the role of solar magnetic fluctuations, cosmic rays, global cloud formation and oceanic heat in long term cycles of climate fluctuation. We don't even know what causes ice ages, let alone decadal temperature fluctuations.
It is premature to assume that anthropogenic CO2 is solely responsible for the observed upward trend in global average temperatures, if indeed such a concept as global average temperature has any meaning at all. And it could be a grave mistake to assume that by lowering CO2 levels in the atmosphere to a certain arbitrarily determined level that we are safe from climate fluctuation for ever and ever, Amen.
The danger is that we are proposing to put all of our climate mitigating eggs in one CO2 basket, while ignoring all the other factors involved in climate fluctuation evident throughout geologic history, and failing to prepare for the effects of climate change on our societies, regardless of its ultimate cause. We are proposing to commit our economic effort to one end, assuming that will be the solution to our problems.
What happens if we are wrong? We have cast our fate to the winds of of CO2 reduction, and abandoned any other approach to dealing with climate change.
If instead, we work to reduce ALL human economic activity in ALL societies in the world, we would then reduce all factors in human society that are contributing to environmental imbalance. We would reduce CO2 production, as well as production of all greenhouse gases and pollutants. We would reduce habitat loss, deforestation, desertification, resource depletion, topsoil loss, salt water intrusion, fresh water depletion, ocean dead zones, species extinction. We would begin to degrow our societies to fit within the carrying capacity various bioregions of the earth in a gradual, designed decline, rather than a precipitous crash.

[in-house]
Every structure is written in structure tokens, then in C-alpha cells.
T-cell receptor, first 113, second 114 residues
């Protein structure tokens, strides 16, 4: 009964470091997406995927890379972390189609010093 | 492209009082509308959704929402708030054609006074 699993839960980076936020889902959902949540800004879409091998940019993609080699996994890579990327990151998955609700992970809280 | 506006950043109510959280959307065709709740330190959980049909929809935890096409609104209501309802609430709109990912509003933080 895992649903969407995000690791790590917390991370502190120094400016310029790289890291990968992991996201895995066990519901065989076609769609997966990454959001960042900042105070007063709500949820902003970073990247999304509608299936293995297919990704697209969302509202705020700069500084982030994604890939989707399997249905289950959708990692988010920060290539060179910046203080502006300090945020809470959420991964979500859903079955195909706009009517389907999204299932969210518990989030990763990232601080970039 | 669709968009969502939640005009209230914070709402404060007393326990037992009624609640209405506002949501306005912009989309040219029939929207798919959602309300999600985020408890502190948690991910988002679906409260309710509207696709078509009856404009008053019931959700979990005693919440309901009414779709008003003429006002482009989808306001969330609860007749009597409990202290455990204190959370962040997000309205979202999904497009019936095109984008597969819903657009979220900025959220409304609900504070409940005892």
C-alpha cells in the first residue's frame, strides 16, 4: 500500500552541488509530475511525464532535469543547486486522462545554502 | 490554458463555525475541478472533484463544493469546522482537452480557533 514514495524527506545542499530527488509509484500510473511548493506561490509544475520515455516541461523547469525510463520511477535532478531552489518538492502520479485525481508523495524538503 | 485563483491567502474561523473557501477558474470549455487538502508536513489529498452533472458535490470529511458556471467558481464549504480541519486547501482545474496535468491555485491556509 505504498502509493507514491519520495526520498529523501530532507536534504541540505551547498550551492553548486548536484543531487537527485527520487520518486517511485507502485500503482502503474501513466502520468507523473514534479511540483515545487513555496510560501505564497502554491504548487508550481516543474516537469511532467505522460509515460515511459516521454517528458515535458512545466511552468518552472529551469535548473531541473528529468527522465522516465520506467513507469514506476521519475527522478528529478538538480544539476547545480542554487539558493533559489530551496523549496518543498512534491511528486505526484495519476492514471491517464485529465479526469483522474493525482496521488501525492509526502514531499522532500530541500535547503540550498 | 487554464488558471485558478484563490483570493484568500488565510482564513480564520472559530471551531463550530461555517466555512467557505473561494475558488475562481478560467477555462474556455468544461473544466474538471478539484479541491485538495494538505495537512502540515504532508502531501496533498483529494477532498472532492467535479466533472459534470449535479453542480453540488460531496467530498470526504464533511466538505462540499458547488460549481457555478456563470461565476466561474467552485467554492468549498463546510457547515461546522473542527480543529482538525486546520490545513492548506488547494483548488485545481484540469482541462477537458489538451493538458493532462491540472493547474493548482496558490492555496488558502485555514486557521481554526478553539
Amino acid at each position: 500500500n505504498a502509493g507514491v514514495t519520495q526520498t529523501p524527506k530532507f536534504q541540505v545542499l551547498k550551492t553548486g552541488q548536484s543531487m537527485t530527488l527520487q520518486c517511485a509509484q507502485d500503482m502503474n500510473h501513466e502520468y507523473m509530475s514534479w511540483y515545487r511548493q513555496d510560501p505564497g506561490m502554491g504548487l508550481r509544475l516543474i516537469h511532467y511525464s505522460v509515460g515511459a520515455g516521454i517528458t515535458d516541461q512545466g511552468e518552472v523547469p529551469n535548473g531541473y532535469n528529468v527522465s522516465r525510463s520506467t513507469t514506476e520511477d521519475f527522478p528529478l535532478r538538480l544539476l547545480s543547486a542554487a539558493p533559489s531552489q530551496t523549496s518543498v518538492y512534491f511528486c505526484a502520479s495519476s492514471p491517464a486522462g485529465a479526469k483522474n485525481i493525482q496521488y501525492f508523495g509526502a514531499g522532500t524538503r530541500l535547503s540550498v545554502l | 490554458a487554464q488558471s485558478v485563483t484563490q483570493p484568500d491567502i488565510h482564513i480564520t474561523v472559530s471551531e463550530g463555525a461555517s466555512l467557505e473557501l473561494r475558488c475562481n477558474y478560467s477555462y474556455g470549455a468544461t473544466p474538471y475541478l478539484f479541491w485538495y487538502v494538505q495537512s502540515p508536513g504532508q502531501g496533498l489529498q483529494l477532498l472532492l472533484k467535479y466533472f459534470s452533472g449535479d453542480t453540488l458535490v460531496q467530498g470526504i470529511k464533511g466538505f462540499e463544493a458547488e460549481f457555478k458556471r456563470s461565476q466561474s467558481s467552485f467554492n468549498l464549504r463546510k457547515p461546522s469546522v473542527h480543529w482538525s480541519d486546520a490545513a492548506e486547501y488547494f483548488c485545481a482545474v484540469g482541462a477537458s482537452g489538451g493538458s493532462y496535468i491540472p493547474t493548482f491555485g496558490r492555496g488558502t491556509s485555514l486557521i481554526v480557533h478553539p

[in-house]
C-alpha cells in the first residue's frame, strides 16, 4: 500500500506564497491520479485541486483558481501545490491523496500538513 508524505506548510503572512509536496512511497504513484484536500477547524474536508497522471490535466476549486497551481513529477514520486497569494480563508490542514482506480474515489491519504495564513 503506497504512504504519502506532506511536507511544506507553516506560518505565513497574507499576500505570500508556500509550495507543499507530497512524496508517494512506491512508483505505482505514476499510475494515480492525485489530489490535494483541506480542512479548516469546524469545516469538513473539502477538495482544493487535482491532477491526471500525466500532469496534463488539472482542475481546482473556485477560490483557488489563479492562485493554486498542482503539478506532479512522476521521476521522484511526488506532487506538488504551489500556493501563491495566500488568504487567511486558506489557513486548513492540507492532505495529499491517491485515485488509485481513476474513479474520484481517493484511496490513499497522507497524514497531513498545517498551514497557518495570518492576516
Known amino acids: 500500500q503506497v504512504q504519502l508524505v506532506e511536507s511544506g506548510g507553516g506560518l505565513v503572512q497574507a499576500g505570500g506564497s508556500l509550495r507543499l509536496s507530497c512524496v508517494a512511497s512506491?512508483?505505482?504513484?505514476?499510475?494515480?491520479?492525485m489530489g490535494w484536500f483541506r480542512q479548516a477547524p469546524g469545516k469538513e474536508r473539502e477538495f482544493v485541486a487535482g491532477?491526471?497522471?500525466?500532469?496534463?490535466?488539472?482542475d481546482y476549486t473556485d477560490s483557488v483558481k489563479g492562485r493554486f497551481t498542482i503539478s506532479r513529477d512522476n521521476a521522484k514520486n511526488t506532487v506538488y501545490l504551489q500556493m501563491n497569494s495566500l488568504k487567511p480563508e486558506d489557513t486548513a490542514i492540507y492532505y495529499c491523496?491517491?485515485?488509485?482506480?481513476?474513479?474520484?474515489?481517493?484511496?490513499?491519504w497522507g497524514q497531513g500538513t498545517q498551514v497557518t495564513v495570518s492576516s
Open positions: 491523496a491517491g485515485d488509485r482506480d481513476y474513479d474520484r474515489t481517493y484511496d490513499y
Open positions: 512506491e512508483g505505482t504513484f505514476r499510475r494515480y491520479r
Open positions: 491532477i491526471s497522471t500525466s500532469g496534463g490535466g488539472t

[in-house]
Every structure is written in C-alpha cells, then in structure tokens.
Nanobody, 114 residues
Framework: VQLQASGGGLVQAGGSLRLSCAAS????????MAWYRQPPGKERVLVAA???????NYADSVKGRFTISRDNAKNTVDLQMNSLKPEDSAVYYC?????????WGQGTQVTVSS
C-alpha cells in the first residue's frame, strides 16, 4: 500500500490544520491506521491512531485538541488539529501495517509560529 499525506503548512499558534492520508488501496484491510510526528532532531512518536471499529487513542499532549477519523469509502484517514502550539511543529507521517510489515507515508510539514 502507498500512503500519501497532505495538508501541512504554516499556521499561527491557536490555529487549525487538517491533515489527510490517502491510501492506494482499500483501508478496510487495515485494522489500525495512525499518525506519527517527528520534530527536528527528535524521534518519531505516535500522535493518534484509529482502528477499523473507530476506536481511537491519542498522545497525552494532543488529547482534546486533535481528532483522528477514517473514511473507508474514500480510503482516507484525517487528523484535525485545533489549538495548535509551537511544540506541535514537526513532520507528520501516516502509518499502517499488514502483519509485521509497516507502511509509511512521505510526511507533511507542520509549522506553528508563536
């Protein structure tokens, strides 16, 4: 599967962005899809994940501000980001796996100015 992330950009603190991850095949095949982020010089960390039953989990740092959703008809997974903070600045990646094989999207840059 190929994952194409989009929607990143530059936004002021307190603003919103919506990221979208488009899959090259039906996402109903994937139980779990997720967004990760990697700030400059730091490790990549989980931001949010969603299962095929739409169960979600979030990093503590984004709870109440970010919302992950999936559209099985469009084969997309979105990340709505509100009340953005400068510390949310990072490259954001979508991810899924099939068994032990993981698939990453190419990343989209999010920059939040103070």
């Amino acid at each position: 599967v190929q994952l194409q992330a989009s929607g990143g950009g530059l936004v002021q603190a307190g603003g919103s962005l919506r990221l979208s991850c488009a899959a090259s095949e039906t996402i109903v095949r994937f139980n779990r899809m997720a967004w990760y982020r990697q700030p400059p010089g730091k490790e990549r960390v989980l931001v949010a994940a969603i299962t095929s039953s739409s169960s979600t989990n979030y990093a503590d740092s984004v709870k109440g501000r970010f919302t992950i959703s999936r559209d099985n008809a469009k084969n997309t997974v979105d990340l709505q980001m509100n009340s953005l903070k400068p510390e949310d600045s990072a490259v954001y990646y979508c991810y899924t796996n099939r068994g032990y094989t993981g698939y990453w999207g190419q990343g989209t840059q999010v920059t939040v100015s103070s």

It is not CO2 production alone that threatens human societies across the
globe, as well as all other life. It is the unrealistic and unsustainable neoclassical economic concept of perpetual economic growth that is driving human societies to social and perhaps even species extinction.
Without abandonment of the concept of economic growth, it doesn't matter what level we reduce atmospheric CO2 to, even if that were possible. The human economic growth juggernaut will overcome any such simplistic band-aid approach.
Degrowth, economic contraction to a steady state economy, is the only viable solution to the natural environmental constraints on human economic activity.
If we don't choose to do it ourselves, Mother Nature will do it for us.
And we won't be happy with the outcome.
Saturday, December 12, 2009
Degrowth Seminar, Copenhagen Klimaforum09, Miguel Valencia lays bare the basic dichotomy in modern human societies. It is not North vs. South, or East vs. West, it is traditional village life versus modern, centralized, hierarchical, industrial, consumerist society.
"Liberating the social imagination means revitalizing the village by producing for local needs and consuming local produce; organizing micro- cooperatives and micro-syndicates; reducing work-time voluntarily and cutting consumption, and constructing new ecological communities with rigorous rules. It also means growing vegetables by our own dwellings or nearby in the eco-region; to walk and bicycle for everyday mobility; to modify toilets and water facilities; to separate residues for reuse and recycling; to support local money, savings and loans, and to use or produce hand-made products. Abandon the use of automobile, bottled water and red meat consumption."